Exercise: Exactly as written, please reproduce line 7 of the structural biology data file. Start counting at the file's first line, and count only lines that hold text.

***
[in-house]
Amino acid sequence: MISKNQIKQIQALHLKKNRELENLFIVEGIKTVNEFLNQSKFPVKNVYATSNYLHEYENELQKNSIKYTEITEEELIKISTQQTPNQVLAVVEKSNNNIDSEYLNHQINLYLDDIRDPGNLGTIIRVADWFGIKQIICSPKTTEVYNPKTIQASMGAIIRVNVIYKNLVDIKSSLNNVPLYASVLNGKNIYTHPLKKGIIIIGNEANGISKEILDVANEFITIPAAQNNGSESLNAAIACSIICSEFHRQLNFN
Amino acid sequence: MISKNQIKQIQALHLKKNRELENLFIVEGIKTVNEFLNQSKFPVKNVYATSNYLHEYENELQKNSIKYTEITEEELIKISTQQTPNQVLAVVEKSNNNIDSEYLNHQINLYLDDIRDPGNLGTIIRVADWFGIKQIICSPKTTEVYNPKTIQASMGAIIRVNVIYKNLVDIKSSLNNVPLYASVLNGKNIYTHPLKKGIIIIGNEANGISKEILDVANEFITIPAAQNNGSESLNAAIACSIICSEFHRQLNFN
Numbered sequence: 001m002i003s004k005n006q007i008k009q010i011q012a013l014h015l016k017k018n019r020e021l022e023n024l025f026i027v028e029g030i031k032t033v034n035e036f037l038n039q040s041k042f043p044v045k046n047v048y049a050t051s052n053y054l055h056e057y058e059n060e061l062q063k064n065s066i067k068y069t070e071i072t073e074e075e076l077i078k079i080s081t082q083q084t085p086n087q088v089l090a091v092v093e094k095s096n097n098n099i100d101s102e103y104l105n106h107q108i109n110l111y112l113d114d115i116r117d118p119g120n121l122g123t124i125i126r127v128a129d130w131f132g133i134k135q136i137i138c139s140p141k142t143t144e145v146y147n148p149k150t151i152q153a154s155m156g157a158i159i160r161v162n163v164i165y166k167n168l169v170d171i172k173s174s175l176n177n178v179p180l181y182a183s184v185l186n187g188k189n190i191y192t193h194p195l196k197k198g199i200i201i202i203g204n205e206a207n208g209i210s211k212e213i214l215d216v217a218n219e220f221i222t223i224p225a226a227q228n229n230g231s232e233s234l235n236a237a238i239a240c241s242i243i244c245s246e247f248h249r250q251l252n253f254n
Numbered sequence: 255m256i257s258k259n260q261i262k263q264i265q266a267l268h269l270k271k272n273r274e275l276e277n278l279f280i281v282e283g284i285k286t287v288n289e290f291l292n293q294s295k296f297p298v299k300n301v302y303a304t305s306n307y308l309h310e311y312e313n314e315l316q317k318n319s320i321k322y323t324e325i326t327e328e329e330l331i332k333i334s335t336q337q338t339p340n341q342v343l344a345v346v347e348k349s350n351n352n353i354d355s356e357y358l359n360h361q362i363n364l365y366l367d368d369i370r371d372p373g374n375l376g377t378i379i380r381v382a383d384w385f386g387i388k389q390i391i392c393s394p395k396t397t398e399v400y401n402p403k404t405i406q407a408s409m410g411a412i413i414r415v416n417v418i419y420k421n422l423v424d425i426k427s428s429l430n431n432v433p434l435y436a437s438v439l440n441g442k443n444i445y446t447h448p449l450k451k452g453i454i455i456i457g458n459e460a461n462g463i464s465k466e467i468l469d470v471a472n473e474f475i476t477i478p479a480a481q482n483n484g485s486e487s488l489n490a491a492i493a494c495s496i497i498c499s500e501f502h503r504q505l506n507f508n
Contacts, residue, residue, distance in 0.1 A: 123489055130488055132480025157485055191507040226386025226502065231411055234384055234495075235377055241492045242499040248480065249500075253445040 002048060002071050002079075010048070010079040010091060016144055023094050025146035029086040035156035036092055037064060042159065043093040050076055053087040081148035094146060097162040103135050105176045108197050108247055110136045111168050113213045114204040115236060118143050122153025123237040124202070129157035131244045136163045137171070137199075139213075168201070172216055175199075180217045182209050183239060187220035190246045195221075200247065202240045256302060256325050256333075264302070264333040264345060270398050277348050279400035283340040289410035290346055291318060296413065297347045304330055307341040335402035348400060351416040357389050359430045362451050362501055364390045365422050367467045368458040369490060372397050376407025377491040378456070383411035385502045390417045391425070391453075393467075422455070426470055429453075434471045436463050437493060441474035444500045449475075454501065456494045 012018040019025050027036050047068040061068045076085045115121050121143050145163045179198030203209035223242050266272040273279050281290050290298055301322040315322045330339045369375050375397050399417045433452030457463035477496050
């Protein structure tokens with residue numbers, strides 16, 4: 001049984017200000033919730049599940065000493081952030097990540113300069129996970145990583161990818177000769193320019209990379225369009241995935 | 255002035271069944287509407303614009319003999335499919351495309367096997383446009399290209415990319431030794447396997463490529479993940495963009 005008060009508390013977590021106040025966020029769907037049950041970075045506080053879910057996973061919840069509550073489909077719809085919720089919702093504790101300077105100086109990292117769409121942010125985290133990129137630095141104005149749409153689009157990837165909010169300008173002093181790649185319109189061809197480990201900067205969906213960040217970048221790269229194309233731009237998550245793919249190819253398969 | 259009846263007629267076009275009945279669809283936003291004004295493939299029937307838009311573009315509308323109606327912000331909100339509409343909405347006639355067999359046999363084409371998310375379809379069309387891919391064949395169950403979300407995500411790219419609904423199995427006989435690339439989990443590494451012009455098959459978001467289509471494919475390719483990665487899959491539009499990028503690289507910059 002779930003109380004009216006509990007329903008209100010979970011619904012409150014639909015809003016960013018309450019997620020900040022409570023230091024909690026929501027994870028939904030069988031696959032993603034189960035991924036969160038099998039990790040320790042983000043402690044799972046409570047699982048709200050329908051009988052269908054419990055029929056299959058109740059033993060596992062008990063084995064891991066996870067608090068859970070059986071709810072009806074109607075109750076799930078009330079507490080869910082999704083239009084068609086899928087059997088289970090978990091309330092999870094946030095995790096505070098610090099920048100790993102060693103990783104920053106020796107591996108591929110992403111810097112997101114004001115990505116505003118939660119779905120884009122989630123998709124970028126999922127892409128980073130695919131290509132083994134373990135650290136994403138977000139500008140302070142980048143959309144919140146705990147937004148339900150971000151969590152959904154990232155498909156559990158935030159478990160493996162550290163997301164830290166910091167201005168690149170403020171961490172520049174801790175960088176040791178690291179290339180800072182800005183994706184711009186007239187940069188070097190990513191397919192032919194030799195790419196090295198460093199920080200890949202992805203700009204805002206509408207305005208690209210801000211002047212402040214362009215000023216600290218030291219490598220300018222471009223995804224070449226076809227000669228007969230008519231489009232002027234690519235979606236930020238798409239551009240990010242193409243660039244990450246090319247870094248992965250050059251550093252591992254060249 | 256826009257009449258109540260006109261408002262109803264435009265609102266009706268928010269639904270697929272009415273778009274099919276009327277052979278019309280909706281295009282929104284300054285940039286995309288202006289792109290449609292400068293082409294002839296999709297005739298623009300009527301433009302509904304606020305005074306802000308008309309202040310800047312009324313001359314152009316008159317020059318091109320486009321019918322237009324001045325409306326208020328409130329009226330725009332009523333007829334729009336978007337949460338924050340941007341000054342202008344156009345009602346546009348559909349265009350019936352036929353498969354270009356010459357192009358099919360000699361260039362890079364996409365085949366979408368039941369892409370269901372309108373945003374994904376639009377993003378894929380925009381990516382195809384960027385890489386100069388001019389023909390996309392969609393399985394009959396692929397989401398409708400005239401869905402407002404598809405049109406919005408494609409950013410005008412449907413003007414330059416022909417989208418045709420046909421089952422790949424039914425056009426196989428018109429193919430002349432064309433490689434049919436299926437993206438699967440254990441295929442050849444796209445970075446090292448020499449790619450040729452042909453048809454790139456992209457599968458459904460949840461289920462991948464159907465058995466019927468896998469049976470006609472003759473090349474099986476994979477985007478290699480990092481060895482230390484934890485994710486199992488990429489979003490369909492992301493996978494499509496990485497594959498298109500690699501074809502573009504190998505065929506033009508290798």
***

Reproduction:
């Protein structure tokens with residue numbers, strides 16, 4: 001049984017200000033919730049599940065000493081952030097990540113300069129996970145990583161990818177000769193320019209990379225369009241995935 | 255002035271069944287509407303614009319003999335499919351495309367096997383446009399290209415990319431030794447396997463490529479993940495963009 005008060009508390013977590021106040025966020029769907037049950041970075045506080053879910057996973061919840069509550073489909077719809085919720089919702093504790101300077105100086109990292117769409121942010125985290133990129137630095141104005149749409153689009157990837165909010169300008173002093181790649185319109189061809197480990201900067205969906213960040217970048221790269229194309233731009237998550245793919249190819253398969 | 259009846263007629267076009275009945279669809283936003291004004295493939299029937307838009311573009315509308323109606327912000331909100339509409343909405347006639355067999359046999363084409371998310375379809379069309387891919391064949395169950403979300407995500411790219419609904423199995427006989435690339439989990443590494451012009455098959459978001467289509471494919475390719483990665487899959491539009499990028503690289507910059 002779930003109380004009216006509990007329903008209100010979970011619904012409150014639909015809003016960013018309450019997620020900040022409570023230091024909690026929501027994870028939904030069988031696959032993603034189960035991924036969160038099998039990790040320790042983000043402690044799972046409570047699982048709200050329908051009988052269908054419990055029929056299959058109740059033993060596992062008990063084995064891991066996870067608090068859970070059986071709810072009806074109607075109750076799930078009330079507490080869910082999704083239009084068609086899928087059997088289970090978990091309330092999870094946030095995790096505070098610090099920048100790993102060693103990783104920053106020796107591996108591929110992403111810097112997101114004001115990505116505003118939660119779905120884009122989630123998709124970028126999922127892409128980073130695919131290509132083994134373990135650290136994403138977000139500008140302070142980048143959309144919140146705990147937004148339900150971000151969590152959904154990232155498909156559990158935030159478990160493996162550290163997301164830290166910091167201005168690149170403020171961490172520049174801790175960088176040791178690291179290339180800072182800005183994706184711009186007239187940069188070097190990513191397919192032919194030799195790419196090295198460093199920080200890949202992805203700009204805002206509408207305005208690209210801000211002047212402040214362009215000023216600290218030291219490598220300018222471009223995804224070449226076809227000669228007969230008519231489009232002027234690519235979606236930020238798409239551009240990010242193409243660039244990450246090319247870094248992965250050059251550093252591992254060249 | 256826009257009449258109540260006109261408002262109803264435009265609102266009706268928010269639904270697929272009415273778009274099919276009327277052979278019309280909706281295009282929104284300054285940039286995309288202006289792109290449609292400068293082409294002839296999709297005739298623009300009527301433009302509904304606020305005074306802000308008309309202040310800047312009324313001359314152009316008159317020059318091109320486009321019918322237009324001045325409306326208020328409130329009226330725009332009523333007829334729009336978007337949460338924050340941007341000054342202008344156009345009602346546009348559909349265009350019936352036929353498969354270009356010459357192009358099919360000699361260039362890079364996409365085949366979408368039941369892409370269901372309108373945003374994904376639009377993003378894929380925009381990516382195809384960027385890489386100069388001019389023909390996309392969609393399985394009959396692929397989401398409708400005239401869905402407002404598809405049109406919005408494609409950013410005008412449907413003007414330059416022909417989208418045709420046909421089952422790949424039914425056009426196989428018109429193919430002349432064309433490689434049919436299926437993206438699967440254990441295929442050849444796209445970075446090292448020499449790619450040729452042909453048809454790139456992209457599968458459904460949840461289920462991948464159907465058995466019927468896998469049976470006609472003759473090349474099986476994979477985007478290699480990092481060895482230390484934890485994710486199992488990429489979003490369909492992301493996978494499509496990485497594959498298109500690699501074809502573009504190998505065929506033009508290798």